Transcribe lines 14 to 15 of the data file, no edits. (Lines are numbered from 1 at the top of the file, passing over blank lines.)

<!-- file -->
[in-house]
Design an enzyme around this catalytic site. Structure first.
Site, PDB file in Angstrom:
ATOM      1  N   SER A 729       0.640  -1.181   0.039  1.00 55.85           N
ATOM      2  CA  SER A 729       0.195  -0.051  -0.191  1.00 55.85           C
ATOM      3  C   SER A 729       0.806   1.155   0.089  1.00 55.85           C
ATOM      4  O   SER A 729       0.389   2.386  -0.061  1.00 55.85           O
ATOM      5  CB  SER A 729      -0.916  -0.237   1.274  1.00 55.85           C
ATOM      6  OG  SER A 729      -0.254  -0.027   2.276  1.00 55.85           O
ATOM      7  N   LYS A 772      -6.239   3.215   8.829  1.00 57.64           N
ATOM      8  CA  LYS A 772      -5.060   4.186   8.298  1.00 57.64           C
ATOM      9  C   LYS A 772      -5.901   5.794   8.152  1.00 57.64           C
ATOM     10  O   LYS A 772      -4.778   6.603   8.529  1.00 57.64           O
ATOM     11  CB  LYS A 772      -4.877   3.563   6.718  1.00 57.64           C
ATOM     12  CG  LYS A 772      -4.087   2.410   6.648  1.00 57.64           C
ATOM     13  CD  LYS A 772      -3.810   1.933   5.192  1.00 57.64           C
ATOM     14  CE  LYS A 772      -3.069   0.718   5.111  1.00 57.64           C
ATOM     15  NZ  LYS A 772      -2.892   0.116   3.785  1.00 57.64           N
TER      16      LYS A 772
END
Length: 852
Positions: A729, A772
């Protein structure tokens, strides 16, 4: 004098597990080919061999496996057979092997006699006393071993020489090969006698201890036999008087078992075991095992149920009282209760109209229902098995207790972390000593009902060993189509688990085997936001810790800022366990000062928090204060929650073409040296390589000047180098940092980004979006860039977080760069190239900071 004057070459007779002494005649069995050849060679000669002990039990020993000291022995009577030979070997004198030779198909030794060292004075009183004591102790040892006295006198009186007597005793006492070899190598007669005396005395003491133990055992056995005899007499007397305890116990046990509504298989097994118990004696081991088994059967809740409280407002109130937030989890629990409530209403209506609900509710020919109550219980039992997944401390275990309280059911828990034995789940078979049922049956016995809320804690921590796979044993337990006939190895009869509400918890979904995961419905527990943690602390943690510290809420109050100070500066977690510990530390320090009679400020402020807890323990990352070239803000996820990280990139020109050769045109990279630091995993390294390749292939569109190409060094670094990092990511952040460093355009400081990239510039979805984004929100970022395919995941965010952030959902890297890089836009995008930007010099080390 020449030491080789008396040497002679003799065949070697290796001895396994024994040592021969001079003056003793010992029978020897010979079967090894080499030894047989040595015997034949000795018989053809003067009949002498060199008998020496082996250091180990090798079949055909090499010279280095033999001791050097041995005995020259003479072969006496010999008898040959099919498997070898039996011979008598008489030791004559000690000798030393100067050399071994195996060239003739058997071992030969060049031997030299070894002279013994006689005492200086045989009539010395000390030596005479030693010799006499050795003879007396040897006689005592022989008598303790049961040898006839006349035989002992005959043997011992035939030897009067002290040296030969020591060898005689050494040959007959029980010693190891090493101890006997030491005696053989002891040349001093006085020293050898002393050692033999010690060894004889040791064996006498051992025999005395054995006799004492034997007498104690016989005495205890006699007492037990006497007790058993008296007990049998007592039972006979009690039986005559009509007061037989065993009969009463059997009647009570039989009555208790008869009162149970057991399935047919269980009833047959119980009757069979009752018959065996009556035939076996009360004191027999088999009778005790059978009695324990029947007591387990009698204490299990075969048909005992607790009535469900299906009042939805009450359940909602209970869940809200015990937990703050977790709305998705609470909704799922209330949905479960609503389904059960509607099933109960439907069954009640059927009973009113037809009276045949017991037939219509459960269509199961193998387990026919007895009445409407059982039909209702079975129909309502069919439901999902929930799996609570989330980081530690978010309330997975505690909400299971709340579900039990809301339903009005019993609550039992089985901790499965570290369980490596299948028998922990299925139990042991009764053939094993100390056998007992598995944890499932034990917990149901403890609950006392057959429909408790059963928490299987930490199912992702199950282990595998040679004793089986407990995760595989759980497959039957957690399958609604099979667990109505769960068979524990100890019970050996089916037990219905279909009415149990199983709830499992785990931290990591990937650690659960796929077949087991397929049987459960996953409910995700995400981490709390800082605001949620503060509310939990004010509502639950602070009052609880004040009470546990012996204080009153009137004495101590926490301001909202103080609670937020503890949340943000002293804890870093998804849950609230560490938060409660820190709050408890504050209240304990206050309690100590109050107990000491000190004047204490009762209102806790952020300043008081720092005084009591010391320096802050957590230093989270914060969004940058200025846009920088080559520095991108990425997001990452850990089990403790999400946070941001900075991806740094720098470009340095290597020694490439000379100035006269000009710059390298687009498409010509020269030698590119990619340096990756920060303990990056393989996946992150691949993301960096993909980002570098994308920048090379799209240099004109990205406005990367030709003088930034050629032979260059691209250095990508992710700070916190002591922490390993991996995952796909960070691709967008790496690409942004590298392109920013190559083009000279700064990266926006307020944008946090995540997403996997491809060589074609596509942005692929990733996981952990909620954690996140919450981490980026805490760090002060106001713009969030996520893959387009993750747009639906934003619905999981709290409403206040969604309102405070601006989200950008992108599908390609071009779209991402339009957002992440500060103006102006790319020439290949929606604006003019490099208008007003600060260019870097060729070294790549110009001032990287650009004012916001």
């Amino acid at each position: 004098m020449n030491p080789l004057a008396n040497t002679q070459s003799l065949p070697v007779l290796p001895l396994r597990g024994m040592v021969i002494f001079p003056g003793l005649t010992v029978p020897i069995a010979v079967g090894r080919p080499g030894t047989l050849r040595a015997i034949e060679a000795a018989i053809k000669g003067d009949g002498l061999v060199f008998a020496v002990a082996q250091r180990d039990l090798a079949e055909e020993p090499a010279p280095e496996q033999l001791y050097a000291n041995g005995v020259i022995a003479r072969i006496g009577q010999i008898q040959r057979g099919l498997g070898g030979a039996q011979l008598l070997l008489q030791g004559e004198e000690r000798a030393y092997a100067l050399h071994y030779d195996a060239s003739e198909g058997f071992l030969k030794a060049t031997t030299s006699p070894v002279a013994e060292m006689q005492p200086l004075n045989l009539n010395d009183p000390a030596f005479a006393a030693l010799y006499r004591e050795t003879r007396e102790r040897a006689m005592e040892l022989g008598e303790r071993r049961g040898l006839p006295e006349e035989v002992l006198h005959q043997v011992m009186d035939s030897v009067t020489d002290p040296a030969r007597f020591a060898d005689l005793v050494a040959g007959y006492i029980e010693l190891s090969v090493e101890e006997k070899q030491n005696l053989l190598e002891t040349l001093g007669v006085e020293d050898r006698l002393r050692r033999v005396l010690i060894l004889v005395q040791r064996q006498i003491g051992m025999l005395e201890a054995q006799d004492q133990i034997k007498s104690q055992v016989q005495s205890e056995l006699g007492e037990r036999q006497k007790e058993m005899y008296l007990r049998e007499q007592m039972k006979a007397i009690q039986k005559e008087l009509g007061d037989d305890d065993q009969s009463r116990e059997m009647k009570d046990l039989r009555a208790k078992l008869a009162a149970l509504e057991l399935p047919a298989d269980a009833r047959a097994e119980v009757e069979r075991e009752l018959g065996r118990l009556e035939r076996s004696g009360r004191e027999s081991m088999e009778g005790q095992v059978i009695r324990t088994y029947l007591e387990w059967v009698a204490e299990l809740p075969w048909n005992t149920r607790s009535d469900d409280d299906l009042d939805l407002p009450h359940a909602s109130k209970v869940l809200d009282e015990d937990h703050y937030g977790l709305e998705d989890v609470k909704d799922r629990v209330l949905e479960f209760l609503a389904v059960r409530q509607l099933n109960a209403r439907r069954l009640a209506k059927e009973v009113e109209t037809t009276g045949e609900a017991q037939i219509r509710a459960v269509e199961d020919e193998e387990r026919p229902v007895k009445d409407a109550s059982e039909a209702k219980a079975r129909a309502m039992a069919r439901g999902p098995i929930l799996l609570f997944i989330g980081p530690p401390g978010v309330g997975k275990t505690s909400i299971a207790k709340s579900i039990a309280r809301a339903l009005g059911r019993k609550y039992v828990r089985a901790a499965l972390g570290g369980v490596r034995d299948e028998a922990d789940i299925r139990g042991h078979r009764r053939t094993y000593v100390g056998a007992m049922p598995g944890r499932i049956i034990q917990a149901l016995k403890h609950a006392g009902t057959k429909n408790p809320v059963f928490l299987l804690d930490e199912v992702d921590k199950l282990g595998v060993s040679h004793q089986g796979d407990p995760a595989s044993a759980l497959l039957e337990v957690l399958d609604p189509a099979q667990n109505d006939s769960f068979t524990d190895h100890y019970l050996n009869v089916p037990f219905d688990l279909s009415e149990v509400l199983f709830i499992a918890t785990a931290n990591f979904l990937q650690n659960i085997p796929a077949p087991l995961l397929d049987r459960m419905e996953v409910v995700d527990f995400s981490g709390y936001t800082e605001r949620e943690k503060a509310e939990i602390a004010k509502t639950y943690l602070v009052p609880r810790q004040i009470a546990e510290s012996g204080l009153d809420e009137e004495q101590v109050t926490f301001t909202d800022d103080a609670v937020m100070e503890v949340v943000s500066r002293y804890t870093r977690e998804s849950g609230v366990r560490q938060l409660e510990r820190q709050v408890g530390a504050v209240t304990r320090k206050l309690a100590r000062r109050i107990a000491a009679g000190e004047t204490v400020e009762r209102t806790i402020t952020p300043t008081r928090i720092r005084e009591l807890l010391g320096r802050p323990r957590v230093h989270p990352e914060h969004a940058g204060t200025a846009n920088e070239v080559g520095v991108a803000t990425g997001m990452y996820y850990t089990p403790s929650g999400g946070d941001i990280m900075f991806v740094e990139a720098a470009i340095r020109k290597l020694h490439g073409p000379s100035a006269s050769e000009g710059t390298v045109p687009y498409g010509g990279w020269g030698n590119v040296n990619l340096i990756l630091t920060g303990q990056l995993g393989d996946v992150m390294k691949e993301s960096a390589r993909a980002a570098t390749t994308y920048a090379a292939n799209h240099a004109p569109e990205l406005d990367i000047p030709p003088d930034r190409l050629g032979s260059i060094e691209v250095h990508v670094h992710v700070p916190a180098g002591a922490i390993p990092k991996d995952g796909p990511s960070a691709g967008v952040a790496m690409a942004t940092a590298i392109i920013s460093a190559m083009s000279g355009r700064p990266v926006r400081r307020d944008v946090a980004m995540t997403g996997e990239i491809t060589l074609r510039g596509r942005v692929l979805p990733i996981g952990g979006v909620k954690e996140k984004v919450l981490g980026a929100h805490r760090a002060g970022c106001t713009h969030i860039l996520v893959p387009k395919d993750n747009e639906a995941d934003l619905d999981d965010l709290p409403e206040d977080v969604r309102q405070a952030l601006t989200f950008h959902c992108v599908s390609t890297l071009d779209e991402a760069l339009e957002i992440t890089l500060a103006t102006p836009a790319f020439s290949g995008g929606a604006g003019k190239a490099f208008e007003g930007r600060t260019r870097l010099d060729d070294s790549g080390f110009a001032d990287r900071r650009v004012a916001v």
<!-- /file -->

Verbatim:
ATOM     11  CB  LYS A 772      -4.877   3.563   6.718  1.00 57.64           C
ATOM     12  CG  LYS A 772      -4.087   2.410   6.648  1.00 57.64           C